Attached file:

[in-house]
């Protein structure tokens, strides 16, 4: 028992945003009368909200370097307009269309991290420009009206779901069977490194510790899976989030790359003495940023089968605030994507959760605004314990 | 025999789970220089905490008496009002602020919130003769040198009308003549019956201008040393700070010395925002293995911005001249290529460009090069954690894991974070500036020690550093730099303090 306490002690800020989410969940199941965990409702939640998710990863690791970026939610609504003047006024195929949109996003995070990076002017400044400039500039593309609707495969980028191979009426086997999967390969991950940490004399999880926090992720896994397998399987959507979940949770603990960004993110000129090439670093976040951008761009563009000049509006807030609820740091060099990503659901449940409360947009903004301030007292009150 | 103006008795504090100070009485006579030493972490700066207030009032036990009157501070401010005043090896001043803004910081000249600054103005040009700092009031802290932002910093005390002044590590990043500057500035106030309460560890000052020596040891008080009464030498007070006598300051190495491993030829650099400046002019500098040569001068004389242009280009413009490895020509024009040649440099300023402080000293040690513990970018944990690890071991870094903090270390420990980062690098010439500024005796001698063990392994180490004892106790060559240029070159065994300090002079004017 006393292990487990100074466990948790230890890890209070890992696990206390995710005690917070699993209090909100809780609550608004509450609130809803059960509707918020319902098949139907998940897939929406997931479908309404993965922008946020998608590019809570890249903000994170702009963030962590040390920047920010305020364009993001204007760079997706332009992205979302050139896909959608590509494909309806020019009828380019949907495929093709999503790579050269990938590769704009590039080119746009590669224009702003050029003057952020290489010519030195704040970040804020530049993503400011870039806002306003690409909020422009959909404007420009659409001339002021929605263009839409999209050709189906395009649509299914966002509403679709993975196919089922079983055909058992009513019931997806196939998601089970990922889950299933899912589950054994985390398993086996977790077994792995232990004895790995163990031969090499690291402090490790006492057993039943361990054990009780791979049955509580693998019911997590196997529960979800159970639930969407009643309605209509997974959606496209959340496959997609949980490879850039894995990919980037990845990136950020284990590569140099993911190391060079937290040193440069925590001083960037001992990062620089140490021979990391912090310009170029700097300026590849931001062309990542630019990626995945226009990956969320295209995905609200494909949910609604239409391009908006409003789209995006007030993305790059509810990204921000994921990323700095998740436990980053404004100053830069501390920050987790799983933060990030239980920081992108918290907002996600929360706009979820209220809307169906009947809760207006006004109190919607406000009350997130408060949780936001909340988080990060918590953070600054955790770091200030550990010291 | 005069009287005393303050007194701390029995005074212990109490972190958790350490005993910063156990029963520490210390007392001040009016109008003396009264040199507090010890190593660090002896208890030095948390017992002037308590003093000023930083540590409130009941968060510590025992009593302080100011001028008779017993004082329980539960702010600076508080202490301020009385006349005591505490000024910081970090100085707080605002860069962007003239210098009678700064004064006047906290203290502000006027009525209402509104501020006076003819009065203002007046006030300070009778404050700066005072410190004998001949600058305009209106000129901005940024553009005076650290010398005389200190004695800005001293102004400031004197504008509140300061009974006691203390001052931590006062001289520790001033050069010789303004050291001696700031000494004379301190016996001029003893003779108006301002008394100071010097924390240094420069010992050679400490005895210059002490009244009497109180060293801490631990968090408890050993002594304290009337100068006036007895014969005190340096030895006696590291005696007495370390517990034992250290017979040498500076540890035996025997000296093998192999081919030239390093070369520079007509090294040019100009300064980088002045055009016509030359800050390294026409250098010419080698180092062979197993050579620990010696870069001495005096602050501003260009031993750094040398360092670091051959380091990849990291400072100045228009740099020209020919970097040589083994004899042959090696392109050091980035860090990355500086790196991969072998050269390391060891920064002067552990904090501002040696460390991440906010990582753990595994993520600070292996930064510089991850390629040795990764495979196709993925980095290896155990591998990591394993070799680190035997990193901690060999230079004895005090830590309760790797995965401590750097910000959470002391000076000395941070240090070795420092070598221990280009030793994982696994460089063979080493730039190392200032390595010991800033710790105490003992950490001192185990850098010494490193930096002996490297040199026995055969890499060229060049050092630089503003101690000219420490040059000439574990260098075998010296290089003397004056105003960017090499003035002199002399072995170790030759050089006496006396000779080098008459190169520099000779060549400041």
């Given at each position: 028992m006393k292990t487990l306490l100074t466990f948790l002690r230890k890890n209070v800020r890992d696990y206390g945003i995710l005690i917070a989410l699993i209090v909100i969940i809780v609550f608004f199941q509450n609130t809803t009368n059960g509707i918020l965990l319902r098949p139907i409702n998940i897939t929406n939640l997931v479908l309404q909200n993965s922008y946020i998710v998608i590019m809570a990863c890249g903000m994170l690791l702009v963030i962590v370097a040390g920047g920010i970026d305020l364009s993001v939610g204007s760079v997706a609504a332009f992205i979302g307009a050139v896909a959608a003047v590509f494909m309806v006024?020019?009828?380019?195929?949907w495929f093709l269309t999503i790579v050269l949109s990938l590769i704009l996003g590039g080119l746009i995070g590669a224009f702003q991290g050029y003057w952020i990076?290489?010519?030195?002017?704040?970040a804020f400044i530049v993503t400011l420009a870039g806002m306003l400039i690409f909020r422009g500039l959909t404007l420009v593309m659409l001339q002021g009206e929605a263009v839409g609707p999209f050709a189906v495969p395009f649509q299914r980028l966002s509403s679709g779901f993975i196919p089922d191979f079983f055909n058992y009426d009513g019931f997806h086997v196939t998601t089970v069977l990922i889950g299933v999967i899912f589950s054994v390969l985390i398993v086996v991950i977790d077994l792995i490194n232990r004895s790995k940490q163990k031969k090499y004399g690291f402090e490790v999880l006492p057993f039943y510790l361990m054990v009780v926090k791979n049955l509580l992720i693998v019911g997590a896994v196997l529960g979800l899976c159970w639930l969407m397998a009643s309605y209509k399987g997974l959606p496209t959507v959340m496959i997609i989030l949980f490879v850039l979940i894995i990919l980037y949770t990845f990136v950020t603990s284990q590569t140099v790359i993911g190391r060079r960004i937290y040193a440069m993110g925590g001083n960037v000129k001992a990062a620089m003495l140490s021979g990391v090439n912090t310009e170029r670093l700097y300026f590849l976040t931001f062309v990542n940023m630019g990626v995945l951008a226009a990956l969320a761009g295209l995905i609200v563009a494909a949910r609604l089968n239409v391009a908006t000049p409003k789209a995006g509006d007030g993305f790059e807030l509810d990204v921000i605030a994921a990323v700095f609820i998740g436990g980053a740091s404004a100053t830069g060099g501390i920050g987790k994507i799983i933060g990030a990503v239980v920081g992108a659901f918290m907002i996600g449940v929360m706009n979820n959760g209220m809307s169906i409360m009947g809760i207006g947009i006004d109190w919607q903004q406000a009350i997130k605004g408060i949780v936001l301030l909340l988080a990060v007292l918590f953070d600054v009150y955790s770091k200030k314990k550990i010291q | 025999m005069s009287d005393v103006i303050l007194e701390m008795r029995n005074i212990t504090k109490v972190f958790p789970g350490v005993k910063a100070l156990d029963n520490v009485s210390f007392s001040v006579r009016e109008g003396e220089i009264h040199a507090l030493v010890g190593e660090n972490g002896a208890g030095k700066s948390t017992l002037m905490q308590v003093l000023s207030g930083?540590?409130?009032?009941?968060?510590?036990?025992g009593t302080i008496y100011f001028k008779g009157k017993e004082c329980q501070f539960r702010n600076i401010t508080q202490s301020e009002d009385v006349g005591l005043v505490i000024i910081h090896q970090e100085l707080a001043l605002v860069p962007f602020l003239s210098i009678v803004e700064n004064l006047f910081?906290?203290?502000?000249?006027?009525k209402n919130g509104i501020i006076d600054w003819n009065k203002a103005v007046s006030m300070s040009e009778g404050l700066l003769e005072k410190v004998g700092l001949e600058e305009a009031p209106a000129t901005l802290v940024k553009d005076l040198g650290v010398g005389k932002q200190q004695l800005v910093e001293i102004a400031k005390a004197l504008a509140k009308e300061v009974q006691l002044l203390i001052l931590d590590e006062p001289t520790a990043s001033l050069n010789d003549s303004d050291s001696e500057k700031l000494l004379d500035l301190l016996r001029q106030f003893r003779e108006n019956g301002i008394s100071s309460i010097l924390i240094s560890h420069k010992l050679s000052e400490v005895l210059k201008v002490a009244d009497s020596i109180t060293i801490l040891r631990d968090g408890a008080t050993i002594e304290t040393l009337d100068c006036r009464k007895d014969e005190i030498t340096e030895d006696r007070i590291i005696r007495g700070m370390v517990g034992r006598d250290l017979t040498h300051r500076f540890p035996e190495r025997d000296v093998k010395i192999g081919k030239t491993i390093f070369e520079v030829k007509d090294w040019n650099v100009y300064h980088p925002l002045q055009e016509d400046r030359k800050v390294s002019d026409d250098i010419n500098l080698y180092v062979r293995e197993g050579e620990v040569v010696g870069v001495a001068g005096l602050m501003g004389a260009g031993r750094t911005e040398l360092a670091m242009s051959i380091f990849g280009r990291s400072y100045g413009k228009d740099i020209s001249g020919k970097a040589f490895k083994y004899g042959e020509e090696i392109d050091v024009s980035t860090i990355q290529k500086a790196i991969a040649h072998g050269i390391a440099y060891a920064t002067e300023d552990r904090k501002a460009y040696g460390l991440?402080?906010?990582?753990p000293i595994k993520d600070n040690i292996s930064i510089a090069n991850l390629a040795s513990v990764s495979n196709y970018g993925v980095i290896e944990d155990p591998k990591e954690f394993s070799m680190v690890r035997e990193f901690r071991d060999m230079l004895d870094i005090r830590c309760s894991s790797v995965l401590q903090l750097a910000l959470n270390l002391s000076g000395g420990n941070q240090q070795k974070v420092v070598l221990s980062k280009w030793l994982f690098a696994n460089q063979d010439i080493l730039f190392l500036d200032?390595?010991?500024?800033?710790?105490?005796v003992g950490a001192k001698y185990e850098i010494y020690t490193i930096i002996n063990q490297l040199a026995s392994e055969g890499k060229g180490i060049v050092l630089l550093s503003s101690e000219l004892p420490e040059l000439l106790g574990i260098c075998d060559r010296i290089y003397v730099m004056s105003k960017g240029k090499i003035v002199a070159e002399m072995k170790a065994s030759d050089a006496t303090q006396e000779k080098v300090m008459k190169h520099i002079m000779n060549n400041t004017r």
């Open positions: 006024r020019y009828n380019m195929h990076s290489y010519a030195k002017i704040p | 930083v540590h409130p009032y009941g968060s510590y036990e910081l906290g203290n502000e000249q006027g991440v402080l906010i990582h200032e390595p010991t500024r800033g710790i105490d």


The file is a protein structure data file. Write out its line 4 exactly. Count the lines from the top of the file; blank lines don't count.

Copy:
């Open positions: 006024r020019y009828n380019m195929h990076s290489y010519a030195k002017i704040p | 930083v540590h409130p009032y009941g968060s510590y036990e910081l906290g203290n502000e000249q006027g991440v402080l906010i990582h200032e390595p010991t500024r800033g710790i105490d």